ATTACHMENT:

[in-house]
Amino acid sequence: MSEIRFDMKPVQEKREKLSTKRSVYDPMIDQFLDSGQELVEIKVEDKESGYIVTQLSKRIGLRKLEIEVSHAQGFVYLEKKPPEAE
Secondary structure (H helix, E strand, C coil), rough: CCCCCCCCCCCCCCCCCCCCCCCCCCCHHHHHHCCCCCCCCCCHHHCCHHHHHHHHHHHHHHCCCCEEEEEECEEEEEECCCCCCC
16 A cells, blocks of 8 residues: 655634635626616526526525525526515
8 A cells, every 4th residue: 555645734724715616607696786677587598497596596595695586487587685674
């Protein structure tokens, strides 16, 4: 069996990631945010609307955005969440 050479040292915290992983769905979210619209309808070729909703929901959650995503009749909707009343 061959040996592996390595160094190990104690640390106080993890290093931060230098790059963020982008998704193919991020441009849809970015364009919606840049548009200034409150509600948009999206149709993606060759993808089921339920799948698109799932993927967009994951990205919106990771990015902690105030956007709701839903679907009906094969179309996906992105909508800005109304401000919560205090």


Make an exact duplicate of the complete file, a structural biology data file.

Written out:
[in-house]
Amino acid sequence: MSEIRFDMKPVQEKREKLSTKRSVYDPMIDQFLDSGQELVEIKVEDKESGYIVTQLSKRIGLRKLEIEVSHAQGFVYLEKKPPEAE
Secondary structure (H helix, E strand, C coil), rough: CCCCCCCCCCCCCCCCCCCCCCCCCCCHHHHHHCCCCCCCCCCHHHCCHHHHHHHHHHHHHHCCCCEEEEEECEEEEEECCCCCCC
16 A cells, blocks of 8 residues: 655634635626616526526525525526515
8 A cells, every 4th residue: 555645734724715616607696786677587598497596596595695586487587685674
């Protein structure tokens, strides 16, 4: 069996990631945010609307955005969440 050479040292915290992983769905979210619209309808070729909703929901959650995503009749909707009343 061959040996592996390595160094190990104690640390106080993890290093931060230098790059963020982008998704193919991020441009849809970015364009919606840049548009200034409150509600948009999206149709993606060759993808089921339920799948698109799932993927967009994951990205919106990771990015902690105030956007709701839903679907009906094969179309996906992105909508800005109304401000919560205090």